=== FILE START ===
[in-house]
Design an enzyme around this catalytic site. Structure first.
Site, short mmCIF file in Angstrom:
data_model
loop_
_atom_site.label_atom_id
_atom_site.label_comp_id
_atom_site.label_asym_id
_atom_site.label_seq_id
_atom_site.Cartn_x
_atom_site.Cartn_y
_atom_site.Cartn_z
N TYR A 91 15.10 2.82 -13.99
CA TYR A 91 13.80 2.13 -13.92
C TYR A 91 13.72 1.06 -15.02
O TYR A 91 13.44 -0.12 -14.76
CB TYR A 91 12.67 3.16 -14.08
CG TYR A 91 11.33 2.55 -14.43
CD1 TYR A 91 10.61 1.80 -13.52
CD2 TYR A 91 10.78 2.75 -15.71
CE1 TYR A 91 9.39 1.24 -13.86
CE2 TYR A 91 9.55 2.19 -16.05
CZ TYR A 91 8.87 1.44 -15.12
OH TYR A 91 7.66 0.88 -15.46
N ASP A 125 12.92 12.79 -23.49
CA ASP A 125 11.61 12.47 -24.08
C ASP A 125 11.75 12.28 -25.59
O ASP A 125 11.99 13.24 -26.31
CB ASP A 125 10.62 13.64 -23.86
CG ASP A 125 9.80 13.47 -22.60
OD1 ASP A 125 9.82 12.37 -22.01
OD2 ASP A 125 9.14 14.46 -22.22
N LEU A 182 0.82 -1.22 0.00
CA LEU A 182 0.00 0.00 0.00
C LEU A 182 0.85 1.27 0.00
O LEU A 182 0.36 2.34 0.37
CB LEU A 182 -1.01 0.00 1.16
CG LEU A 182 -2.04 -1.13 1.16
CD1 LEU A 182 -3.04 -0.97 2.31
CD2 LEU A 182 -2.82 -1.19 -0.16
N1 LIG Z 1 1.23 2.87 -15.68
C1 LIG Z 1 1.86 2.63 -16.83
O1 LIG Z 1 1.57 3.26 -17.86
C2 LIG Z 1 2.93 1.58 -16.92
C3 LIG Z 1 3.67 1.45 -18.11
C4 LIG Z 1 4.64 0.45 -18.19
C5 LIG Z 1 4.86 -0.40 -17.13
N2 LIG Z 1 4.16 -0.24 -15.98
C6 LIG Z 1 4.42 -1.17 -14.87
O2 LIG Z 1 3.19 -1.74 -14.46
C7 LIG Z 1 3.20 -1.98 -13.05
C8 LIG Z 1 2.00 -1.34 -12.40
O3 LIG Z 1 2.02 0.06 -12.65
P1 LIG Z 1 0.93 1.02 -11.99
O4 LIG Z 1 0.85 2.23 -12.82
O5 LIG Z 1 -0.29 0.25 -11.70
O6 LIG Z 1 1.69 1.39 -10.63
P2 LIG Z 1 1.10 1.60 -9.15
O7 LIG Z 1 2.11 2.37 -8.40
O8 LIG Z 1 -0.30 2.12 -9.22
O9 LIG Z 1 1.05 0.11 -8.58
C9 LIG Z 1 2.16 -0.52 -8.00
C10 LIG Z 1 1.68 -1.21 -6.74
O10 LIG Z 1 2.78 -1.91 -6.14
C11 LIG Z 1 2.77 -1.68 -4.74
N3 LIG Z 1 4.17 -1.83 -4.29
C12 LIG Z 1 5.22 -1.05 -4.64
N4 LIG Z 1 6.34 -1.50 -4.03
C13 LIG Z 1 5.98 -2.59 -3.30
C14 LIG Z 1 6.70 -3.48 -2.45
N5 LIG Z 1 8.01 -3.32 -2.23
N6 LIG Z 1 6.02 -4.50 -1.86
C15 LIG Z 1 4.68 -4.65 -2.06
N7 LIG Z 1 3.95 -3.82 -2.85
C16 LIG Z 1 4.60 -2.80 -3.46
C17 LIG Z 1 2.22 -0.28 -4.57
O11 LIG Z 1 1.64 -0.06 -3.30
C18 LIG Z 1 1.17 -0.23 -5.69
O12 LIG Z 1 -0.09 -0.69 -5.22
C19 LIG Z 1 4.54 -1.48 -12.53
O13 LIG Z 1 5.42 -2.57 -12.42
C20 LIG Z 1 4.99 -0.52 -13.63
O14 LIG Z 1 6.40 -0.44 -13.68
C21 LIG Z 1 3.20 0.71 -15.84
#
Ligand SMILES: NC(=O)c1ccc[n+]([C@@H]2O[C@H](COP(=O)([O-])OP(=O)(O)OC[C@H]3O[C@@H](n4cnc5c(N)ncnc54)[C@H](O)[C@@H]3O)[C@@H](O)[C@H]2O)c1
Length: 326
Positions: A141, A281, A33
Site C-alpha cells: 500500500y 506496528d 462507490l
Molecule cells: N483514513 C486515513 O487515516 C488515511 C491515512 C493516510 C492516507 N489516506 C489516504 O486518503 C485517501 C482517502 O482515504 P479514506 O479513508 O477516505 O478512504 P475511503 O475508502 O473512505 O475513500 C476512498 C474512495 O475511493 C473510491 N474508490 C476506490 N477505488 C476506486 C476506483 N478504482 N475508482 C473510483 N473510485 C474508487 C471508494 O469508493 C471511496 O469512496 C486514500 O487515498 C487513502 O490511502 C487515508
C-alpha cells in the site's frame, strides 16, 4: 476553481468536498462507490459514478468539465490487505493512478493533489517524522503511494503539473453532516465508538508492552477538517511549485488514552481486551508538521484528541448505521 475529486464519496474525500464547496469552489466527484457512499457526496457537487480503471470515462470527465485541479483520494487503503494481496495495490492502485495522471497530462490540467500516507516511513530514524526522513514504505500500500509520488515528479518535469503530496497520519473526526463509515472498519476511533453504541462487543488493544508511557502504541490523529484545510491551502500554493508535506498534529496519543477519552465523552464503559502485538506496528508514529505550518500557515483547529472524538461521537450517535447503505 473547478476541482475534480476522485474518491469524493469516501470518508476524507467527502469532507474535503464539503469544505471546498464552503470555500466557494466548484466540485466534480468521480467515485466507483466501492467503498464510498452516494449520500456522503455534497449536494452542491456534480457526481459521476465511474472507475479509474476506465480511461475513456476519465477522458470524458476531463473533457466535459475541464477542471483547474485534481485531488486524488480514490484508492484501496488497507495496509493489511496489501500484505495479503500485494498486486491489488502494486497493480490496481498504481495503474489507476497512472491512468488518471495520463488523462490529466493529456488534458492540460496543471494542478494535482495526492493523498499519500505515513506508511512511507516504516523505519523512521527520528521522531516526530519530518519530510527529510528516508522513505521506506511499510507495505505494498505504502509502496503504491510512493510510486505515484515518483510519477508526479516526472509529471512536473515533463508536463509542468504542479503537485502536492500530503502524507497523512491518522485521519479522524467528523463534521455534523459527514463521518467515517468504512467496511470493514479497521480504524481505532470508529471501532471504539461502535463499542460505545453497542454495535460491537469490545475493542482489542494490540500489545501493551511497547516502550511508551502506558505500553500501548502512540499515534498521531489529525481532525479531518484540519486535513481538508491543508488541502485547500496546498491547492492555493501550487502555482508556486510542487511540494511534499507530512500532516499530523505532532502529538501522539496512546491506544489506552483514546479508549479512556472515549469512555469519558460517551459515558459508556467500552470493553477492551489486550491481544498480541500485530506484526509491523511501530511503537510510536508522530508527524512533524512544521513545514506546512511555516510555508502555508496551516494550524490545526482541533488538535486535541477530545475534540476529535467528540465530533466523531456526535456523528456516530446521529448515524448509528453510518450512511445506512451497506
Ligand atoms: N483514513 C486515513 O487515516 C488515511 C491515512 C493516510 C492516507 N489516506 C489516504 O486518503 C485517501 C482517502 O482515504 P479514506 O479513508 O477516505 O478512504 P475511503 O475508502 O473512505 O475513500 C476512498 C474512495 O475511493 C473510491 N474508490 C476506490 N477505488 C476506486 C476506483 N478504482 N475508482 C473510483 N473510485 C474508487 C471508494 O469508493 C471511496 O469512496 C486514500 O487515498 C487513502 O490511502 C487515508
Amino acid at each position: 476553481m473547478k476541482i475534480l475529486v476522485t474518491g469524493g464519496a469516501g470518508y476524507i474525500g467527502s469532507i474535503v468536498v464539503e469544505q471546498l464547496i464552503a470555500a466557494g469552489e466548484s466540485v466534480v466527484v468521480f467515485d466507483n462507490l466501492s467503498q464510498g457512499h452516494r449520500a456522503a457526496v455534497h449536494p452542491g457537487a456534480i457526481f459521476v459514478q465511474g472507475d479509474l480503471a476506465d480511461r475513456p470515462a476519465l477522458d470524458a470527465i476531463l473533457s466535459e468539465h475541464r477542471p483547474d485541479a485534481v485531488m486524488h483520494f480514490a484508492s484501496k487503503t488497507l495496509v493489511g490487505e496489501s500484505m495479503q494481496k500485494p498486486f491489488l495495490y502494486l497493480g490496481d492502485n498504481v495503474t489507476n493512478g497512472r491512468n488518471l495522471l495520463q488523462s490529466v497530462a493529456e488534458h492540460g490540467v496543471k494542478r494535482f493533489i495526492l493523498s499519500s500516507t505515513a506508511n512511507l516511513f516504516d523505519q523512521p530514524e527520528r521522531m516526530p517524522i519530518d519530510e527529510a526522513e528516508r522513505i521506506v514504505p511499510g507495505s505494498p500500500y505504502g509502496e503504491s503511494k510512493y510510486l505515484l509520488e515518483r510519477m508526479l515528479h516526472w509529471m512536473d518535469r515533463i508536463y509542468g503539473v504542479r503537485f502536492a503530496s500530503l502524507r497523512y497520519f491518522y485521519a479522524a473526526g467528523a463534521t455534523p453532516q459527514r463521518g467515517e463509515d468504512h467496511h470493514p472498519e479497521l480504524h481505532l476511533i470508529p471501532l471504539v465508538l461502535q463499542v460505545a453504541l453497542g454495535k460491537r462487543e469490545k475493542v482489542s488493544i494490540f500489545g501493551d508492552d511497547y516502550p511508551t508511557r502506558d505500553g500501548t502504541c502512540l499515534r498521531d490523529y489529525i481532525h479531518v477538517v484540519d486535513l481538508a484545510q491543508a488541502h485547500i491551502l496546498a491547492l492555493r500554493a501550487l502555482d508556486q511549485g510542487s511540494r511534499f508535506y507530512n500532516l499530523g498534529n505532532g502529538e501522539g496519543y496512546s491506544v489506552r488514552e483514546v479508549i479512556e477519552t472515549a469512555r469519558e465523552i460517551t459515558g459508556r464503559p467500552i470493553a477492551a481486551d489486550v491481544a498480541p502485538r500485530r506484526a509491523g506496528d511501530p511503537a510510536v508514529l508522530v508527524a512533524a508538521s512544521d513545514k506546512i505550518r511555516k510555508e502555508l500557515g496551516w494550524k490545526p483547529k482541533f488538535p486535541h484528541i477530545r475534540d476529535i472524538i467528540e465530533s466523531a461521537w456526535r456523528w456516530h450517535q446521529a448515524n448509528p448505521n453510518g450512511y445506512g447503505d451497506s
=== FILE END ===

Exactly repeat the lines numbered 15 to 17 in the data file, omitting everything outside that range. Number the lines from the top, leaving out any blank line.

C TYR A 91 13.72 1.06 -15.02
O TYR A 91 13.44 -0.12 -14.76
CB TYR A 91 12.67 3.16 -14.08